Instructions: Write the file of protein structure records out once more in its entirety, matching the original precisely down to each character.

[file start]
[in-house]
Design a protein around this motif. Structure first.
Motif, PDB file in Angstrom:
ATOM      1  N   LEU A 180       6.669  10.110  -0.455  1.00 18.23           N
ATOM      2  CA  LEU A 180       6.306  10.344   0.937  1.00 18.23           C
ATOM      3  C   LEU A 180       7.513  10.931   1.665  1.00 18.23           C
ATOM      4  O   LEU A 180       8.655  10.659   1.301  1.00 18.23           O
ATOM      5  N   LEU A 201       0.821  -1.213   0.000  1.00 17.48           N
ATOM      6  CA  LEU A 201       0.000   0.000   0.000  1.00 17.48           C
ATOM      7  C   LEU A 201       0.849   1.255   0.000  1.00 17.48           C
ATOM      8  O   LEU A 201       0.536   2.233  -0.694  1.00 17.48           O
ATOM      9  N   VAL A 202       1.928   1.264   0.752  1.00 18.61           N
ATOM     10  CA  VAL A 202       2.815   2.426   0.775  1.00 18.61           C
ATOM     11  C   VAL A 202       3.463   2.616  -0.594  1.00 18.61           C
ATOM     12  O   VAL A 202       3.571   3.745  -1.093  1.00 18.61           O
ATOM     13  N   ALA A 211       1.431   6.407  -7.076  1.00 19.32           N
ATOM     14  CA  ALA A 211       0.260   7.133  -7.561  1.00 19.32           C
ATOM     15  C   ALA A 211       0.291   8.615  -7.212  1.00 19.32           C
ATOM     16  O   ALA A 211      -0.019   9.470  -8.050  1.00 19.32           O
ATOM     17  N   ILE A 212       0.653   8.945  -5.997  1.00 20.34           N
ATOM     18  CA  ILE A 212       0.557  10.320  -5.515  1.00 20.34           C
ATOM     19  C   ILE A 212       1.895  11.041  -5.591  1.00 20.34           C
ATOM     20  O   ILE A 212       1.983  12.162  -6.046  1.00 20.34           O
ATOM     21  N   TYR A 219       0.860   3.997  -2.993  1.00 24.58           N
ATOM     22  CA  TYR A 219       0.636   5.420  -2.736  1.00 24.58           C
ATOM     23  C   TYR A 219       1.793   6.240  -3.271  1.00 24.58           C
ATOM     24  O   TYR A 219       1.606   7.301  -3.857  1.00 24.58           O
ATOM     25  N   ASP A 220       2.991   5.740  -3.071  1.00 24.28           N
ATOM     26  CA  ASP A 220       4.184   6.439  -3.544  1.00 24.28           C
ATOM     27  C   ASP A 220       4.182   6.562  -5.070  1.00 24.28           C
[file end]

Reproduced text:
[in-house]
Design a protein around this motif. Structure first.
Motif, PDB file in Angstrom:
ATOM      1  N   LEU A 180       6.669  10.110  -0.455  1.00 18.23           N
ATOM      2  CA  LEU A 180       6.306  10.344   0.937  1.00 18.23           C
ATOM      3  C   LEU A 180       7.513  10.931   1.665  1.00 18.23           C
ATOM      4  O   LEU A 180       8.655  10.659   1.301  1.00 18.23           O
ATOM      5  N   LEU A 201       0.821  -1.213   0.000  1.00 17.48           N
ATOM      6  CA  LEU A 201       0.000   0.000   0.000  1.00 17.48           C
ATOM      7  C   LEU A 201       0.849   1.255   0.000  1.00 17.48           C
ATOM      8  O   LEU A 201       0.536   2.233  -0.694  1.00 17.48           O
ATOM      9  N   VAL A 202       1.928   1.264   0.752  1.00 18.61           N
ATOM     10  CA  VAL A 202       2.815   2.426   0.775  1.00 18.61           C
ATOM     11  C   VAL A 202       3.463   2.616  -0.594  1.00 18.61           C
ATOM     12  O   VAL A 202       3.571   3.745  -1.093  1.00 18.61           O
ATOM     13  N   ALA A 211       1.431   6.407  -7.076  1.00 19.32           N
ATOM     14  CA  ALA A 211       0.260   7.133  -7.561  1.00 19.32           C
ATOM     15  C   ALA A 211       0.291   8.615  -7.212  1.00 19.32           C
ATOM     16  O   ALA A 211      -0.019   9.470  -8.050  1.00 19.32           O
ATOM     17  N   ILE A 212       0.653   8.945  -5.997  1.00 20.34           N
ATOM     18  CA  ILE A 212       0.557  10.320  -5.515  1.00 20.34           C
ATOM     19  C   ILE A 212       1.895  11.041  -5.591  1.00 20.34           C
ATOM     20  O   ILE A 212       1.983  12.162  -6.046  1.00 20.34           O
ATOM     21  N   TYR A 219       0.860   3.997  -2.993  1.00 24.58           N
ATOM     22  CA  TYR A 219       0.636   5.420  -2.736  1.00 24.58           C
ATOM     23  C   TYR A 219       1.793   6.240  -3.271  1.00 24.58           C
ATOM     24  O   TYR A 219       1.606   7.301  -3.857  1.00 24.58           O
ATOM     25  N   ASP A 220       2.991   5.740  -3.071  1.00 24.28           N
ATOM     26  CA  ASP A 220       4.184   6.439  -3.544  1.00 24.28           C
ATOM     27  C   ASP A 220       4.182   6.562  -5.070  1.00 24.28           C